By Easter Sunday, Ted said they weren’t sure whether Teddy was going to live or die. So Ted began to pray. “I said, ‘I know this is not our call and if Teddy dies it’s going to be great for him and terrible for us, but I know it’s not my call.  All I can say is Thy will be done and I trust You.’ And right as I said that, I felt the peace that surpasses understanding,” he said.

Mementos of love

Claire still treasures all the messages of support and prayer her family received that spring. When they were in the hospital, Claire printed out pictures every day and decorated the walls of Teddy’s room with them. They now fill a scrapbook — the pictures of friends wearing Team Teddy t-shirts, or organizing a Mass for him or displaying handmade signs of encouragement.

teddy strong


To let their loved ones know what was happening, the Schwabs started a page on CaringBridge — a website that allows people to share health updates. “Every day I was searching for the inspiration of the day,” and then posting it to the page, said Claire. “We got to share our faith through CaringBridge, and we had people praying for Teddy all over the world. (Without the accident), we never would have known the generosity surrounding us, the outpouring of love and prayer,” said Claire. Though he was still in a coma, Ted would read the messages to his son every night.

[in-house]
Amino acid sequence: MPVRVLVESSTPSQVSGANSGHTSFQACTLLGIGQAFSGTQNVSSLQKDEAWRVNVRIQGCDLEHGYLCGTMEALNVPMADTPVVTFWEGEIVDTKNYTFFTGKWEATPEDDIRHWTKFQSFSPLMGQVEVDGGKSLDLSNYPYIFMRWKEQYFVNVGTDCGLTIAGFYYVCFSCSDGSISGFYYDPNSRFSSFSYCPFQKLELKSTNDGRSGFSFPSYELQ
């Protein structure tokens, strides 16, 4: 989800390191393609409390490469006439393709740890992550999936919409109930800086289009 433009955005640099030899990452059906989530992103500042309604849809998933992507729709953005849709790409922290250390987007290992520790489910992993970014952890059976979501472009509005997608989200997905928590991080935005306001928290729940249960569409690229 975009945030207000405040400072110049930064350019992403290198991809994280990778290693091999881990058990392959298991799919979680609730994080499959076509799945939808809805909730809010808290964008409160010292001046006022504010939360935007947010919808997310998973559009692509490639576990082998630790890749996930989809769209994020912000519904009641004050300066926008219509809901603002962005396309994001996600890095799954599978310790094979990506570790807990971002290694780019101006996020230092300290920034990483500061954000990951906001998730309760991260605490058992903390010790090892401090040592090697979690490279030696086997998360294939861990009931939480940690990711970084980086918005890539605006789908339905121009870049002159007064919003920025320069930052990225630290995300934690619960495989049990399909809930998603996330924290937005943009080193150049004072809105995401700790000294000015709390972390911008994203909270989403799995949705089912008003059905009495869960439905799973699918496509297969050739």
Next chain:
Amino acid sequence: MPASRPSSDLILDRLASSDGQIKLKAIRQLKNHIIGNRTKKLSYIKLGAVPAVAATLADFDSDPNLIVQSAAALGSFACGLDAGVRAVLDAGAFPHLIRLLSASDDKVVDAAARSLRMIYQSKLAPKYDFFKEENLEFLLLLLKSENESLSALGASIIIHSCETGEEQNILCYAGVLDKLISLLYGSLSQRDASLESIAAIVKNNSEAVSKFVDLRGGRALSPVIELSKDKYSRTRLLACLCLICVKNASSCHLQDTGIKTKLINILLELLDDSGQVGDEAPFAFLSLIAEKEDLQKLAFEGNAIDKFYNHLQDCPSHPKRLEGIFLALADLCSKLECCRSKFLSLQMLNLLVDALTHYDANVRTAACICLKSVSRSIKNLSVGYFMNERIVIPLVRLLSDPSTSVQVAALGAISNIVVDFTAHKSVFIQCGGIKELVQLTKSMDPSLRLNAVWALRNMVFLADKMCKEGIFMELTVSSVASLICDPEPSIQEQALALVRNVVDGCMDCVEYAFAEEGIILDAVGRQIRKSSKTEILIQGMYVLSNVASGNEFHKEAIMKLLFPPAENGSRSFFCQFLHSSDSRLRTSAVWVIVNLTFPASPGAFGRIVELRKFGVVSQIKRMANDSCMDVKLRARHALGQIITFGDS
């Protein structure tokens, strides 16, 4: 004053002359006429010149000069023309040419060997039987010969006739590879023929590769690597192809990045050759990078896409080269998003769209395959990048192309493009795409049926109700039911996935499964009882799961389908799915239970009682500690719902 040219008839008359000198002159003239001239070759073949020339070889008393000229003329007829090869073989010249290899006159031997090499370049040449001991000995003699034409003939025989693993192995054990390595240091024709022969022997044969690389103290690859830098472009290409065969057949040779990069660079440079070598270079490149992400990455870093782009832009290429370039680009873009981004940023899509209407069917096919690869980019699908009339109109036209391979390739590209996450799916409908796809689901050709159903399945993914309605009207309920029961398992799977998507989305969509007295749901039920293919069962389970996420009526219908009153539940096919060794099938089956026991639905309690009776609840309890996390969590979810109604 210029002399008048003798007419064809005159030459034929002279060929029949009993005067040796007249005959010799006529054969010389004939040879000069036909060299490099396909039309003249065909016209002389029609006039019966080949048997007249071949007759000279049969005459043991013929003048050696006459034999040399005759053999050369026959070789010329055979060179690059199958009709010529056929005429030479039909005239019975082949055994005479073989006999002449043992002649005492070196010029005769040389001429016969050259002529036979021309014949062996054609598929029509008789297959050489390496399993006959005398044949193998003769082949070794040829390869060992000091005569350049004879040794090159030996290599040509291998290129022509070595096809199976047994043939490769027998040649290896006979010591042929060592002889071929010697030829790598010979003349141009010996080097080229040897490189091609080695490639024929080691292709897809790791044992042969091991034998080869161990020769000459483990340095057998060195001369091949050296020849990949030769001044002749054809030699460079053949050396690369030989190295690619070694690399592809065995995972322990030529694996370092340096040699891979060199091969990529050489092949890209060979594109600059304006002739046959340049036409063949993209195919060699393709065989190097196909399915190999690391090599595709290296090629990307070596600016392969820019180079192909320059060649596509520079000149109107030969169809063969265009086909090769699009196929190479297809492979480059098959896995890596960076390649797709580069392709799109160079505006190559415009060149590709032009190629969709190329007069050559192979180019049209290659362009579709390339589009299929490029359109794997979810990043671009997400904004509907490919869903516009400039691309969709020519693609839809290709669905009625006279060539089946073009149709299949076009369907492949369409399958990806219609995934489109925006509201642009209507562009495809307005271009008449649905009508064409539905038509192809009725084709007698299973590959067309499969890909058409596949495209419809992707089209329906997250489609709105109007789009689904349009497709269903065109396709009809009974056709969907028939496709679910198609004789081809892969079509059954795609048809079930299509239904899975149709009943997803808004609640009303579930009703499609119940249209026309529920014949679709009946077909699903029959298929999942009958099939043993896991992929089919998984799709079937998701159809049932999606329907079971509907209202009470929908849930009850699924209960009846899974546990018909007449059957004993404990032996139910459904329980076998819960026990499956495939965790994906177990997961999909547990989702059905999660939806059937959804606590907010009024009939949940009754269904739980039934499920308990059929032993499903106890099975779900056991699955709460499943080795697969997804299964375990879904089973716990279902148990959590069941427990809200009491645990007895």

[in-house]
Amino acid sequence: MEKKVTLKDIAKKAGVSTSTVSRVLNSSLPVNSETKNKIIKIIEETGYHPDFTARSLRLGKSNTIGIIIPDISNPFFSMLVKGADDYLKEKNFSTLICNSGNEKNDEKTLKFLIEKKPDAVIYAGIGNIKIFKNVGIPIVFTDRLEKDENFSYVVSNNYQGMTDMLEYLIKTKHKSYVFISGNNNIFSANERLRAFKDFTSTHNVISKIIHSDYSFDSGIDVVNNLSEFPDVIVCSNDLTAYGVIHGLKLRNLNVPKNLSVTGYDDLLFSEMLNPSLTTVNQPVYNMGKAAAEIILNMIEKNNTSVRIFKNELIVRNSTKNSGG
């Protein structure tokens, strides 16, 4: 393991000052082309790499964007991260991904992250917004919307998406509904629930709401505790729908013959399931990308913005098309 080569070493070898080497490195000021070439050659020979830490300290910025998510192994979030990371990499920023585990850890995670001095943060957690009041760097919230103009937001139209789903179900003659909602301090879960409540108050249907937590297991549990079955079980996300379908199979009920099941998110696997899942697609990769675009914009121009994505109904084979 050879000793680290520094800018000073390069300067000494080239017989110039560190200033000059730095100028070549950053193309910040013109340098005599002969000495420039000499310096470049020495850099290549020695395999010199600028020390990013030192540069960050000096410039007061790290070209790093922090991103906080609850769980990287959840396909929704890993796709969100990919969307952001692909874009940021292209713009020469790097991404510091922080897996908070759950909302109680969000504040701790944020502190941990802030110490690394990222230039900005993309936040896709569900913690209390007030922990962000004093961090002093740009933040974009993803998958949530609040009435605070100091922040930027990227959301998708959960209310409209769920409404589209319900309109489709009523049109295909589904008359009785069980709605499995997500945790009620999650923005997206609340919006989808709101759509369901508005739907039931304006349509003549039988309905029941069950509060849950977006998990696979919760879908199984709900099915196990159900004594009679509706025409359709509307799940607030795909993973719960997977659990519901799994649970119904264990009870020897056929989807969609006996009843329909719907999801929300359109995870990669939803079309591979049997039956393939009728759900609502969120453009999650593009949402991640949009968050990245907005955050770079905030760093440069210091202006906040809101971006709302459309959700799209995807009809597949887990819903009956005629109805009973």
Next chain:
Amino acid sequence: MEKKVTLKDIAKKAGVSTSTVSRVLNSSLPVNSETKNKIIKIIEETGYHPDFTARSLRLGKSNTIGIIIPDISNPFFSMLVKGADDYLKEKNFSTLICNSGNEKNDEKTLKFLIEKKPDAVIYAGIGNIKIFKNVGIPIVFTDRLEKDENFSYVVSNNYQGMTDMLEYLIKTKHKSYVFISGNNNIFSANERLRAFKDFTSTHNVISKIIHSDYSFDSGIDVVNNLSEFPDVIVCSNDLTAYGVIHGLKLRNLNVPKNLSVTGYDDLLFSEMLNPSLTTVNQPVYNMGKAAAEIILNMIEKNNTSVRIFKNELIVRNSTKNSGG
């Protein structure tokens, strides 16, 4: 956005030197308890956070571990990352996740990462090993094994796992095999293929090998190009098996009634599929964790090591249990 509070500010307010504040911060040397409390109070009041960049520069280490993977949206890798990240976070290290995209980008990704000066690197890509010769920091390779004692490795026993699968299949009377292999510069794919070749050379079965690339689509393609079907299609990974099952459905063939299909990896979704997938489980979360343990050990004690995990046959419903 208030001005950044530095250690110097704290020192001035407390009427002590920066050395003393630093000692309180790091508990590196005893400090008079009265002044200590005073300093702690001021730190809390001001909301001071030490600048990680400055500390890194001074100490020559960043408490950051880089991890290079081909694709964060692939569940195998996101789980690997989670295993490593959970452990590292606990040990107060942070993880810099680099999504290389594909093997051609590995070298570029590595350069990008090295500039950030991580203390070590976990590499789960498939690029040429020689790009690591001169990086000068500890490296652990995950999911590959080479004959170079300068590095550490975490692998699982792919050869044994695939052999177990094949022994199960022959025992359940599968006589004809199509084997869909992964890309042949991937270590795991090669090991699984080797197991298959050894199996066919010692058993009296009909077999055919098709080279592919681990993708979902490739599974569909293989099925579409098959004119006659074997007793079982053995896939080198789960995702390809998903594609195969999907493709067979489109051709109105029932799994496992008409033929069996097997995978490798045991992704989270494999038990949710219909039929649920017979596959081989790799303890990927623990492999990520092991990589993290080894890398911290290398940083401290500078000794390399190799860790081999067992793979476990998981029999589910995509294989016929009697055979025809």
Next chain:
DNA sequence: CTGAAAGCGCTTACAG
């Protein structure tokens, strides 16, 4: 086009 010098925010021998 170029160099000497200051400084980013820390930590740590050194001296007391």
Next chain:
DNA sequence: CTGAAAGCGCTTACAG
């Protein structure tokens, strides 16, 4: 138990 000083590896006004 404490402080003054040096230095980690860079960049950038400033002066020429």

In the first week, they prayed that surgery would relieve the pressure in Teddy’s brain. The next week, he had surgery to repair his skull and eye socket; the doctors used 13 plates and 52 screws to put it back together. He then began to breathe on his own again, and started to see. After a month in Savannah, he was transferred to Washington for more rehabilitation. 

Finding healing

Today, it’s difficult to tell Teddy was ever in a life-threatening accident. But he’s healing still. “Through extensive cognitive therapy, hyperbaric oxygen therapy and supplemental tutoring, we’re hoping he can be the best he can be with his activities before the accident,” said Claire. “He’s here for a reason. God knows his end game.”

A year after the accident, the Schwabs traveled back down to Savannah to thank all the doctors and nurses who had cared for Teddy. On the way, they learned even more how prayer had surrounded them at every step of the ordeal. 

“We stopped and saw the fire chief and the paramedic. (After the accident, they called) their local church, the Great Swamp Baptist Church’s prayer team, (and they were) praying for Teddy,” said Ted. 

In honor of the therapy dog they met while Teddy was in the hospital, the Schwabs adopted a dog they hope to bring to other sick children. They named her Savannah. 

Stories like Teddy’s are what helped Ted get through those difficult months, he said. “There was this boy in Teddy’s (hospital) room two years before (him) and this boy had a very faithful family and a miraculous recovery,” he said. “I watched a video (about his recovery) two or three times a day for six months.”

Teddy's Story from Potomac Communications Group on Vimeo.

So the Schwabs decided to make their own video chronicling their son’s healing and their own journey in faith. “Hopefully Teddy’s touches some people the way theirs did for us,” said Ted.

The Schwab’s video ends with this message: “We hope that others who hears Teddy’s story will know that for every Good Friday, there is an Easter Sunday for those who love the Lord.” 


© Arlington Catholic Herald 2018